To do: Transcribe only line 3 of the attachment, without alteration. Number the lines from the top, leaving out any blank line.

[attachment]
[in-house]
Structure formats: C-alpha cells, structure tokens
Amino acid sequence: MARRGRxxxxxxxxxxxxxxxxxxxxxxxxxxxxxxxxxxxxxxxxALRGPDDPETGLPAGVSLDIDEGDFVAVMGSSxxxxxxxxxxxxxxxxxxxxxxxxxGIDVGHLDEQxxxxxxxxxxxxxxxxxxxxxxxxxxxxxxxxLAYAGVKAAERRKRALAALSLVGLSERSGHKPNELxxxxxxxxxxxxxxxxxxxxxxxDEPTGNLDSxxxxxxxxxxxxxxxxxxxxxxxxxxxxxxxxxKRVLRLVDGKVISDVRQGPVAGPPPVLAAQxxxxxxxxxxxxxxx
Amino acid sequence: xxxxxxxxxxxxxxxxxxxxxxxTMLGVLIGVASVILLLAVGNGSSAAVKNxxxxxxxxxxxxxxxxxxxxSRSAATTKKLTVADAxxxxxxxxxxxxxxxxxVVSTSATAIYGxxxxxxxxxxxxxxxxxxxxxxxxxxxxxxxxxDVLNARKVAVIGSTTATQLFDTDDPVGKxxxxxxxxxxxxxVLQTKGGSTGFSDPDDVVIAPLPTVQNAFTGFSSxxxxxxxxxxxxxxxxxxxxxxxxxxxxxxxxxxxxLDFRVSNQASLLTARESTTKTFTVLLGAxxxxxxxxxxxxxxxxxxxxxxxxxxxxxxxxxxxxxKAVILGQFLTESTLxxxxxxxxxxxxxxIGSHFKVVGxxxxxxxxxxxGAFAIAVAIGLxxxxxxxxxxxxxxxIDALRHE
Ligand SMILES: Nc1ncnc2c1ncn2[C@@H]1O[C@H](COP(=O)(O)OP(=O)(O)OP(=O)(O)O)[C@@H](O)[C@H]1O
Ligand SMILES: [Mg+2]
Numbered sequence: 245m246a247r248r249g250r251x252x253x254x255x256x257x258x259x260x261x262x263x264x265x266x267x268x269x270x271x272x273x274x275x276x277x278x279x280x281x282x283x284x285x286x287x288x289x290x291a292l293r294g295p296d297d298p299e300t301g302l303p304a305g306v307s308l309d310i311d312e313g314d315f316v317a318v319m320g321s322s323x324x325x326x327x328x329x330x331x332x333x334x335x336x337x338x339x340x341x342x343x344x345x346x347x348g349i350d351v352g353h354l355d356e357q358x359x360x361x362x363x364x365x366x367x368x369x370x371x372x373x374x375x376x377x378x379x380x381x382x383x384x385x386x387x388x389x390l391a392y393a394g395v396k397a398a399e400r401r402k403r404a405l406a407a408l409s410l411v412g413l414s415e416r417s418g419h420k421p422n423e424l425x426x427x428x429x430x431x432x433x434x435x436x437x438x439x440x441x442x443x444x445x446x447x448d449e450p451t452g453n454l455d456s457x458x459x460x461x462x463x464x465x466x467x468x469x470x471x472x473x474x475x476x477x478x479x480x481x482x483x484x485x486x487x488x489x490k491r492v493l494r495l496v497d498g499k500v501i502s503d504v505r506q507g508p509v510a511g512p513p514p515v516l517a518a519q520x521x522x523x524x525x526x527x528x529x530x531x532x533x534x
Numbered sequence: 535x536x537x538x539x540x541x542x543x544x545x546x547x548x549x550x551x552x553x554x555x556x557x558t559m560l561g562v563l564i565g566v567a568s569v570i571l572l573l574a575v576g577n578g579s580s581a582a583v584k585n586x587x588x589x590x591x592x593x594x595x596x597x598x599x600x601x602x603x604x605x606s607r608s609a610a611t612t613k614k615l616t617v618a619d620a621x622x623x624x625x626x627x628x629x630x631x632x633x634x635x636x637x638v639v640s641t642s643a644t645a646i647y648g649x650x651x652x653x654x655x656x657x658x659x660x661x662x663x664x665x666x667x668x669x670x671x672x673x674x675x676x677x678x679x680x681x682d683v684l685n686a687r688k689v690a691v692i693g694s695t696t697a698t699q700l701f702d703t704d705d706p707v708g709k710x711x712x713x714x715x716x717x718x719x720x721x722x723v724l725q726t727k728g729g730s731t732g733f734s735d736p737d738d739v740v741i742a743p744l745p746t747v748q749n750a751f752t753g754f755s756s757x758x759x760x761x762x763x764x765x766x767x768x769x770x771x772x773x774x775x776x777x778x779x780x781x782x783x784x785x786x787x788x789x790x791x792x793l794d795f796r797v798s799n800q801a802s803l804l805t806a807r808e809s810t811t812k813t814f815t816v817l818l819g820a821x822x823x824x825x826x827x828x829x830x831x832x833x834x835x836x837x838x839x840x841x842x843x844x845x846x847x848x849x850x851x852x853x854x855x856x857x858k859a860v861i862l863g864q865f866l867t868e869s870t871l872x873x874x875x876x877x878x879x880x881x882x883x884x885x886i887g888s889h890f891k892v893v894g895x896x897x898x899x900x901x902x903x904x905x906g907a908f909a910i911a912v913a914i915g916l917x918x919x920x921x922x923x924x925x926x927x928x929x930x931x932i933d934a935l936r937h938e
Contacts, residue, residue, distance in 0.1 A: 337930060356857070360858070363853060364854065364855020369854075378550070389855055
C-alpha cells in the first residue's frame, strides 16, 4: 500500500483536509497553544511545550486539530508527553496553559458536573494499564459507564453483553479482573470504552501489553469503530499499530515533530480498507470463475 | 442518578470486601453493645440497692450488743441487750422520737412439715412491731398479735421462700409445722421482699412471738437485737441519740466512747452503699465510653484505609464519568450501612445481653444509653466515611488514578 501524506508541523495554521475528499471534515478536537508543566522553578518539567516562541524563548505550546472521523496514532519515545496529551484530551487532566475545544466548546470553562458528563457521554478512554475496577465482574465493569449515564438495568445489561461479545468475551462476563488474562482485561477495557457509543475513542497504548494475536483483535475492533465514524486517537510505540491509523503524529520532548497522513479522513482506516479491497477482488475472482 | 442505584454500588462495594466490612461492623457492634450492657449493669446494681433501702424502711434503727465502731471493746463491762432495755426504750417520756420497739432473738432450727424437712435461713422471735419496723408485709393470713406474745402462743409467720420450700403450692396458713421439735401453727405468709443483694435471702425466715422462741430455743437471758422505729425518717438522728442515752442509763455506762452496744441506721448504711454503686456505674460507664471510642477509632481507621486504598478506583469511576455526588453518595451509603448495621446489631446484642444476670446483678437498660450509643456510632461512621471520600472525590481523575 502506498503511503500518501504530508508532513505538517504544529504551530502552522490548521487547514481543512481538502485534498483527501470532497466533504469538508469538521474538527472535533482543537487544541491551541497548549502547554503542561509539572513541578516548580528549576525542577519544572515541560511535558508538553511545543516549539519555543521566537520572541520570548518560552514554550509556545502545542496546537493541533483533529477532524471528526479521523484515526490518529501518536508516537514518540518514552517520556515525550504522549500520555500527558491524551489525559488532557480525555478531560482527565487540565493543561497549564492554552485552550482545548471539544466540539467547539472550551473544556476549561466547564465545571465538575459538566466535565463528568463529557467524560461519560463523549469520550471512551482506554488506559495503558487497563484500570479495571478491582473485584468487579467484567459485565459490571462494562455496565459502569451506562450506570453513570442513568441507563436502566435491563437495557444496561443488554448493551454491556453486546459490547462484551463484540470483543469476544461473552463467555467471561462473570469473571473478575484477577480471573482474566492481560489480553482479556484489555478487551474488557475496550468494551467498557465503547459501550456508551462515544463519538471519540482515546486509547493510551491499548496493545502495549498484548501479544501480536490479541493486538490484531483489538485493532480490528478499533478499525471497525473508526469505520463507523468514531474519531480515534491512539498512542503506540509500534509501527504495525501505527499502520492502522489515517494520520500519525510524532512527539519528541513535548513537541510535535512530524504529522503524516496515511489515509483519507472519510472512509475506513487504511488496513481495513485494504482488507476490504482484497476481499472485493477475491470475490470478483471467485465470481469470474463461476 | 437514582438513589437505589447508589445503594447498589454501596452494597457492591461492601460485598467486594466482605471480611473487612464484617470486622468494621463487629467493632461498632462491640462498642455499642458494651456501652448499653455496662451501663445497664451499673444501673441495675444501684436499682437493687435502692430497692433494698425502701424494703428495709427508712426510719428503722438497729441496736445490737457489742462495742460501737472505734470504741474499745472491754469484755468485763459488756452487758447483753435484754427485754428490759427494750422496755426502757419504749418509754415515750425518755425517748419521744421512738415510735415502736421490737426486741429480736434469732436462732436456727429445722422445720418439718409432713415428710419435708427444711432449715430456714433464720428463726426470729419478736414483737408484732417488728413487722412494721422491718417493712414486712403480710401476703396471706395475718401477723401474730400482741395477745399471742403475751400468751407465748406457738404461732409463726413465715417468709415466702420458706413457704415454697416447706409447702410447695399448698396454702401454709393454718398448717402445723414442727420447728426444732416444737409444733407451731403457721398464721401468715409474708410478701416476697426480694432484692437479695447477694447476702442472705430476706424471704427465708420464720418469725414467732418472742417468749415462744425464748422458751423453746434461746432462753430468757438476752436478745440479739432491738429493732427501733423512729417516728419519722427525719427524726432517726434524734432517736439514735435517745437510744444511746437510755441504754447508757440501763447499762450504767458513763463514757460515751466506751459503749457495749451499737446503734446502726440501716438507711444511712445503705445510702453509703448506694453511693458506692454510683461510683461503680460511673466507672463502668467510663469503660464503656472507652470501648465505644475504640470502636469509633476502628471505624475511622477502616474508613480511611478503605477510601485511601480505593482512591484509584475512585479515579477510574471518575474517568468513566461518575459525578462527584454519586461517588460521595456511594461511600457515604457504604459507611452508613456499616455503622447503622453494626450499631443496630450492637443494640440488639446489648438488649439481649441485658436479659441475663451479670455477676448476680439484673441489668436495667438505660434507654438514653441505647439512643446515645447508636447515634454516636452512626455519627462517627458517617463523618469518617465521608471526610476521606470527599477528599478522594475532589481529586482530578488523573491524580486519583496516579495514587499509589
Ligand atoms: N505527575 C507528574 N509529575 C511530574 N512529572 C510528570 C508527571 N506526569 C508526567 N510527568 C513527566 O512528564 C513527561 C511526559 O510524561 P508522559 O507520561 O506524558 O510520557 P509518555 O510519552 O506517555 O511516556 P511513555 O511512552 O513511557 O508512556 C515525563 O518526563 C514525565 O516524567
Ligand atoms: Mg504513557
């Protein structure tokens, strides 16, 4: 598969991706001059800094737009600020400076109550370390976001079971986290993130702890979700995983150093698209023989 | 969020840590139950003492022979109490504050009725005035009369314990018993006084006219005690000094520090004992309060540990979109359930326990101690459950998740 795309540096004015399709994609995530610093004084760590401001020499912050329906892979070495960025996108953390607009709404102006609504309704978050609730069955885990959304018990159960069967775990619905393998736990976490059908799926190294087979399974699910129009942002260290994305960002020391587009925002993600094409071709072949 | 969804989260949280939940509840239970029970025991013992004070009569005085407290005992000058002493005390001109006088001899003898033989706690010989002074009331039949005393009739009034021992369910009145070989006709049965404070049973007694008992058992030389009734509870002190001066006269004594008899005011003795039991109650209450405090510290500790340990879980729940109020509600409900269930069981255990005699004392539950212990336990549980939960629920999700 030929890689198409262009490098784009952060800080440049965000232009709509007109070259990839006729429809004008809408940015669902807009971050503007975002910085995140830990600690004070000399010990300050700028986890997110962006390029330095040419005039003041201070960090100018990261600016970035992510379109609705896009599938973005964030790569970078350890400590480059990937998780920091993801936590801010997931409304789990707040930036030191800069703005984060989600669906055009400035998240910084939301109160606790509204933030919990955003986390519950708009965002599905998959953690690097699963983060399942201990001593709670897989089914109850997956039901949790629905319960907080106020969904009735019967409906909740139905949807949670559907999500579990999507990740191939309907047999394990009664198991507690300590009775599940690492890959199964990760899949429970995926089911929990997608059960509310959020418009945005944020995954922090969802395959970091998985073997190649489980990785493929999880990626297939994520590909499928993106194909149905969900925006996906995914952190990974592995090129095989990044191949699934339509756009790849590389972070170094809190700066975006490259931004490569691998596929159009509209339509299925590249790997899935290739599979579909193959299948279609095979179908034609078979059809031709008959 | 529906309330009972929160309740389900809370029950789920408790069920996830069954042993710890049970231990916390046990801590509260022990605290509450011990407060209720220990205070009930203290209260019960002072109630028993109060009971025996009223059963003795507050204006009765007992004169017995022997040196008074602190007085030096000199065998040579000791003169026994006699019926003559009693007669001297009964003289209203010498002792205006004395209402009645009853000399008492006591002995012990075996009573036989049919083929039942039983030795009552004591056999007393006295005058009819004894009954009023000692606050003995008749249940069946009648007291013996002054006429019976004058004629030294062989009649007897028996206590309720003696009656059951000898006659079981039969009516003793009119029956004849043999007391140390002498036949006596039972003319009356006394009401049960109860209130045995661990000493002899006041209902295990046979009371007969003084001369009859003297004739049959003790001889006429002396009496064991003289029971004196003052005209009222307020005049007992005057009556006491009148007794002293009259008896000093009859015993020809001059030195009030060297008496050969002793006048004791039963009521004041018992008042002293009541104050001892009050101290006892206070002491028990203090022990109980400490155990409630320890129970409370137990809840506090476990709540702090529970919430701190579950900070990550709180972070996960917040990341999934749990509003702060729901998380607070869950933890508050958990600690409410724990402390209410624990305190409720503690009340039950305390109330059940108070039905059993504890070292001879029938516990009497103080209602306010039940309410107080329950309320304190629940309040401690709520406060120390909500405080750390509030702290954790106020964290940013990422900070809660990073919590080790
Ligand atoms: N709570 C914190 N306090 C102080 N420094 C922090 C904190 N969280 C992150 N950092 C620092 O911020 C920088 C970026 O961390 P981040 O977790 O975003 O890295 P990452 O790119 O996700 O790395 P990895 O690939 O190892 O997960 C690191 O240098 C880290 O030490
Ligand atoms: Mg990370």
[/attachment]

Amino acid sequence: MARRGRxxxxxxxxxxxxxxxxxxxxxxxxxxxxxxxxxxxxxxxxALRGPDDPETGLPAGVSLDIDEGDFVAVMGSSxxxxxxxxxxxxxxxxxxxxxxxxxGIDVGHLDEQxxxxxxxxxxxxxxxxxxxxxxxxxxxxxxxxLAYAGVKAAERRKRALAALSLVGLSERSGHKPNELxxxxxxxxxxxxxxxxxxxxxxxDEPTGNLDSxxxxxxxxxxxxxxxxxxxxxxxxxxxxxxxxxKRVLRLVDGKVISDVRQGPVAGPPPVLAAQxxxxxxxxxxxxxxx